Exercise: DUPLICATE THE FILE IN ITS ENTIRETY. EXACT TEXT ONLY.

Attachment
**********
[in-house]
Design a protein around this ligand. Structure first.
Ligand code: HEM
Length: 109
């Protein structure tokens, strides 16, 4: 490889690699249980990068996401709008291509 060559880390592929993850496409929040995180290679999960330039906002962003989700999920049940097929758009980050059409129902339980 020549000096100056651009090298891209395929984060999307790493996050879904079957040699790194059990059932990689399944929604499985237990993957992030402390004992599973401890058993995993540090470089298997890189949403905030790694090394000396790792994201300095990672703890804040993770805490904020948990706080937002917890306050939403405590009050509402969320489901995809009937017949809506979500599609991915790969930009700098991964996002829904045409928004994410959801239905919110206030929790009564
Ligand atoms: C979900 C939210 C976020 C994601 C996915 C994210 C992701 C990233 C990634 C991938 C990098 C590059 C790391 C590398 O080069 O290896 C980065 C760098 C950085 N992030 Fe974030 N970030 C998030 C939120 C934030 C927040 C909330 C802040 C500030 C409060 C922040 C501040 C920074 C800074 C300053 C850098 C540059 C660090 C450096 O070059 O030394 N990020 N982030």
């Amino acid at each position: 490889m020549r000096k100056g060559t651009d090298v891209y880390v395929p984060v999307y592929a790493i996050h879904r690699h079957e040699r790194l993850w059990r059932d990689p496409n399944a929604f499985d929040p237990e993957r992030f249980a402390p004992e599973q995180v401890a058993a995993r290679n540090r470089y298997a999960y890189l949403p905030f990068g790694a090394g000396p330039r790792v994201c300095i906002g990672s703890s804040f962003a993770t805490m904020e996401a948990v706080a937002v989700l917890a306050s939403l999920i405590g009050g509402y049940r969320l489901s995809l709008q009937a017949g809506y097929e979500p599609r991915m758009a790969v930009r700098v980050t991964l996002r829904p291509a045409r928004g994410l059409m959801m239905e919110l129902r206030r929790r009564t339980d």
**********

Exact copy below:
[in-house]
Design a protein around this ligand. Structure first.
Ligand code: HEM
Length: 109
């Protein structure tokens, strides 16, 4: 490889690699249980990068996401709008291509 060559880390592929993850496409929040995180290679999960330039906002962003989700999920049940097929758009980050059409129902339980 020549000096100056651009090298891209395929984060999307790493996050879904079957040699790194059990059932990689399944929604499985237990993957992030402390004992599973401890058993995993540090470089298997890189949403905030790694090394000396790792994201300095990672703890804040993770805490904020948990706080937002917890306050939403405590009050509402969320489901995809009937017949809506979500599609991915790969930009700098991964996002829904045409928004994410959801239905919110206030929790009564
Ligand atoms: C979900 C939210 C976020 C994601 C996915 C994210 C992701 C990233 C990634 C991938 C990098 C590059 C790391 C590398 O080069 O290896 C980065 C760098 C950085 N992030 Fe974030 N970030 C998030 C939120 C934030 C927040 C909330 C802040 C500030 C409060 C922040 C501040 C920074 C800074 C300053 C850098 C540059 C660090 C450096 O070059 O030394 N990020 N982030």
């Amino acid at each position: 490889m020549r000096k100056g060559t651009d090298v891209y880390v395929p984060v999307y592929a790493i996050h879904r690699h079957e040699r790194l993850w059990r059932d990689p496409n399944a929604f499985d929040p237990e993957r992030f249980a402390p004992e599973q995180v401890a058993a995993r290679n540090r470089y298997a999960y890189l949403p905030f990068g790694a090394g000396p330039r790792v994201c300095i906002g990672s703890s804040f962003a993770t805490m904020e996401a948990v706080a937002v989700l917890a306050s939403l999920i405590g009050g509402y049940r969320l489901s995809l709008q009937a017949g809506y097929e979500p599609r991915m758009a790969v930009r700098v980050t991964l996002r829904p291509a045409r928004g994410l059409m959801m239905e919110l129902r206030r929790r009564t339980d």